What are the parallels to Thoreau's description of the ant battle?
The ant battle takes place in the chapter Brute Neighbors.
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I think that the description of the ant battle is to bring out Thoreau's basic dichotomy between humans and animals. Thoreau is seeking to bring out the idea that there is an evolution that supersedes both. He brings this out earlier in the work:
I have no doubt that it is a part of the destiny of the human race, in its gradual improvement, to leave off eating animals.
In this idea, Thoreau is seeking to bring out the idea that there is a "base" destiny for creatures and a more elevated and spiritual one to which he believes human beings can aspire. In this, he posits the battle between the ants. His detailed and thorough explanation between the Red and Black ants results with the latter emerging victorious. Yet, Thoreau's reflection afterwards helps to bring out both the futility of battle and how humans fit into this schematic:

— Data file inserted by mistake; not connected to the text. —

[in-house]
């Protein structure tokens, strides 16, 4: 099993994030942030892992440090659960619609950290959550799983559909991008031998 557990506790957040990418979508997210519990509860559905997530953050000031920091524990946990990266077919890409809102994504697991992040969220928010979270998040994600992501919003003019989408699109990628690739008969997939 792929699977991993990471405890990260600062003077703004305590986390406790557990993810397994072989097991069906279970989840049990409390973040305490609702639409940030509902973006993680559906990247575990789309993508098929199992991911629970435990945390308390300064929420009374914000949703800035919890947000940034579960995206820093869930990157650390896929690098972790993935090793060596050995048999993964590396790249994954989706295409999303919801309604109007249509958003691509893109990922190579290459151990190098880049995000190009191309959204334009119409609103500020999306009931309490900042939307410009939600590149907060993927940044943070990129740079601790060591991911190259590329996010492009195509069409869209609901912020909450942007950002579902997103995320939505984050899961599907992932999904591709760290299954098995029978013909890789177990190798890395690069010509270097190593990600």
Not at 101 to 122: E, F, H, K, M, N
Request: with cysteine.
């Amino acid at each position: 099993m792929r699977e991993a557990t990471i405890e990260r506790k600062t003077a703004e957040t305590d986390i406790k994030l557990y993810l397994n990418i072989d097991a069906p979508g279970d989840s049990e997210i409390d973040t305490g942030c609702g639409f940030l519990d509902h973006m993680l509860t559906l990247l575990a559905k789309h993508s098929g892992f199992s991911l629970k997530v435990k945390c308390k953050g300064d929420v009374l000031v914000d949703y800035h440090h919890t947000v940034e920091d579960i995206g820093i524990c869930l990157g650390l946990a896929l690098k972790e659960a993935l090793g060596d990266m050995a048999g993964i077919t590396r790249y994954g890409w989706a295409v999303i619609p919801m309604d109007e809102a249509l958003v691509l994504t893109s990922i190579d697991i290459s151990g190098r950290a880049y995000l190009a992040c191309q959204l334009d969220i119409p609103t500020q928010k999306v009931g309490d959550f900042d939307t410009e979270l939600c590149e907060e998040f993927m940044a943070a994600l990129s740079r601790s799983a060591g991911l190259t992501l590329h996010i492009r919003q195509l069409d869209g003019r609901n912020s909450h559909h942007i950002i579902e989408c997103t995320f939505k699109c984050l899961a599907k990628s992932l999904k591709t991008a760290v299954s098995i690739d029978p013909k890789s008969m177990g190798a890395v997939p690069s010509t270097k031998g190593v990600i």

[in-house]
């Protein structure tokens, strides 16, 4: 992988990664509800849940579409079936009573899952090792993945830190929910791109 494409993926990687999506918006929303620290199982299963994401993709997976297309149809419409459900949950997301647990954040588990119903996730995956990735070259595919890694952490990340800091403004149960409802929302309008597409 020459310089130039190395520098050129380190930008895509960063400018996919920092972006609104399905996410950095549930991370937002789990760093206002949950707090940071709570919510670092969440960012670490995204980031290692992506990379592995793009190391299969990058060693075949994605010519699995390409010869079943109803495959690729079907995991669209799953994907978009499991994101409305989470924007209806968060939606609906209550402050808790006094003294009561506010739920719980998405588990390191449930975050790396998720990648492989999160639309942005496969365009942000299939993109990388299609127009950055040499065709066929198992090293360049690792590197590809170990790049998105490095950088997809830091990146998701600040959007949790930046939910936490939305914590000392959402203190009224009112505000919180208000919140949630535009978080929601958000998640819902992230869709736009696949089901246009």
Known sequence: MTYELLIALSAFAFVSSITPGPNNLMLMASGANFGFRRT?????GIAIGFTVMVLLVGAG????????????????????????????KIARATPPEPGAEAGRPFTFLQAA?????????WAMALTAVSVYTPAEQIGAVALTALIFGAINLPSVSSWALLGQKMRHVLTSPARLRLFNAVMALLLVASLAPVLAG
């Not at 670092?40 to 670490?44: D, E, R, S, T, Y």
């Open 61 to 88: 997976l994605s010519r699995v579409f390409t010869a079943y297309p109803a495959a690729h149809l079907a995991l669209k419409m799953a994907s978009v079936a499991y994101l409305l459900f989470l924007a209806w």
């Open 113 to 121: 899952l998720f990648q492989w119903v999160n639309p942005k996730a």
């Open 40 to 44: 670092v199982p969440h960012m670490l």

Whether he [Black Ant] survived that combat, I do not know. But I thought that his industry would not be worth much thereafter. I never learned which party was victorious; nor the cause of the war.
In this, Thoreau deposits how we, as human beings, function in our lives. Full of "sound and fury," yet signifying nothing. This is something that Thoreau brings out to parallel to human beings in that there has to be some direct and elevated purpose to why we do what we do. If this is lacking, Thoreau argues, we are no different than the ants who battle without purpose and meaning.
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